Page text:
The city’s Parks and Recreation Department (NYC Parks) is marking this year’s Climate Week with a series of tree canopy announcements and is partnering with the Natural Areas Conservancy to continue to study the effects tree canopies have on urban areas.
NYC Parks announced Sept. 19 that the department has planted more trees in fiscal year 2022 (FY22) than in the previous five fiscal years. 13,020 trees have been planted in FY22, which is an 87% increase from FY21.
Heat impacts are one of the most pressing climate public issues facing the city and increasing the tree canopy is one recognized strategy for keeping urban areas cool during summer months, as tree cover offers shade and can reduce ambient temperatures in neighborhoods up to six degrees.
“Our trees are the lungs of our city, and today we are celebrating our expanding tree canopy and our role in mitigating excessive heat due to climate change through our urban forest,” said NYC Parks Commissioner Sue Donoghue in an announcement on Monday. “We know that trees provide so many benefits to communities – they clean our air, cool our city, collect stormwater, and so much more – and they are truly essential infrastructure. On the heels of a milestone planting year, we are doubling-down on our commitment to expanding our city’s tree canopy equitably, and dedicated to further increasing our tree canopy coverage during this administration.”
NYC Parks is furthering its commitment to equitable planting, planting trees in areas that are impacted by climate change and increased temperatures the most with a $112 million allocation from the Adams’ administration.
“Expanding our tree canopy makes our city cooler, our air cleaner, and our streets more beautiful,” said New York City Mayor Eric Adams. “As climate change advances, trees and our city’s green spaces are becoming even more critical infrastructure that will pay dividends for generations to come.”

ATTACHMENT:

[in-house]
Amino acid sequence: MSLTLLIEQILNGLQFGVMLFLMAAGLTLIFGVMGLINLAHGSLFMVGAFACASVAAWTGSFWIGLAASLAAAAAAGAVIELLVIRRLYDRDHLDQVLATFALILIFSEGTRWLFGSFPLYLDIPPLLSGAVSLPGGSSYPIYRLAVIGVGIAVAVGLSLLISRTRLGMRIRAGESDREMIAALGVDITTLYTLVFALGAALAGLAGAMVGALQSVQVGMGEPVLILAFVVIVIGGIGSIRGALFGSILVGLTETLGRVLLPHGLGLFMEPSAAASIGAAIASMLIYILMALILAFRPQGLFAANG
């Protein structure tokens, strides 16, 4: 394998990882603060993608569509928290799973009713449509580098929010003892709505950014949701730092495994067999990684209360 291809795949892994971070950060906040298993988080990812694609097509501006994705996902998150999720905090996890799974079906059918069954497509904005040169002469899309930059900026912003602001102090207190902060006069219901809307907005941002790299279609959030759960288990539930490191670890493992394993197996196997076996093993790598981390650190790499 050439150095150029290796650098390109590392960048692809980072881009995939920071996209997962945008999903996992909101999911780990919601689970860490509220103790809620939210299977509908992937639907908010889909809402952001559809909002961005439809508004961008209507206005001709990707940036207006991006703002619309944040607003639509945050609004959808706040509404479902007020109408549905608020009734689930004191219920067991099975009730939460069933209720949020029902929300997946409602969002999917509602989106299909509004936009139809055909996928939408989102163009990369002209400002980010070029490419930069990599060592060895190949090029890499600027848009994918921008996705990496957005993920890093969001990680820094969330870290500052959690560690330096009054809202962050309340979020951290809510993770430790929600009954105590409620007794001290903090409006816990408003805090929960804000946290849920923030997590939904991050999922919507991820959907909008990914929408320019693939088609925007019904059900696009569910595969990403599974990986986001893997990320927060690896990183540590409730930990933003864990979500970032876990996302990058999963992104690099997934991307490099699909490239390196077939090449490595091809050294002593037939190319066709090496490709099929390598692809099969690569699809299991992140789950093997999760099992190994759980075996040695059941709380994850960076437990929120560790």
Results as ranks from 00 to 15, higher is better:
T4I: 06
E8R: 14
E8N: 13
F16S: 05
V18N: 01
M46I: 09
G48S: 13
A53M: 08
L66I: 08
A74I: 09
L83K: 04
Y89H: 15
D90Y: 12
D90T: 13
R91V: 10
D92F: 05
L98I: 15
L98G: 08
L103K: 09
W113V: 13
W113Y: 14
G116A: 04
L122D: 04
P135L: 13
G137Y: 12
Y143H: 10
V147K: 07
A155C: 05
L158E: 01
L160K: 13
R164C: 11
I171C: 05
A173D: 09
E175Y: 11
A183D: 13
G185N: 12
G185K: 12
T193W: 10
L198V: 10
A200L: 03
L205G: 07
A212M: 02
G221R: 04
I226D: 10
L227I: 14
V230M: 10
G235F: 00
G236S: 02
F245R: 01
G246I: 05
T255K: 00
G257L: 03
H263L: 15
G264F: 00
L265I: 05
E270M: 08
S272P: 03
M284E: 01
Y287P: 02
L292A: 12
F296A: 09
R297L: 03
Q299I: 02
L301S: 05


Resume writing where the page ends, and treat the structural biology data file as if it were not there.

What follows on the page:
Other experts weighed in on the planting milestone, applauding the Parks Department and Mayor Adams for the climate change efforts.
“Cooling our neighborhoods with trees is a vital step in protecting the health of New Yorkers as our climate changes and our City gets hotter,” said Health Commissioner Dr. Ashwin Vasan. “We know that greenery can cool a block by as much as 2 degrees, and even modest cooling can save lives. They also contribute to removing carbon from our atmosphere, which is driving our warming city and planet. We commend Mayor Adams and the Parks Department for prioritizing resiliency for communities facing the most heat-related illness and death.”
NYC is home to over seven million trees and residents can request free trees through 311.
New Yorkers can also care for their neighborhood trees by watering, mulching, weeding and planting flowers in tree beds. Record your tree care activities on the NYC Tree Map and more information can be found here.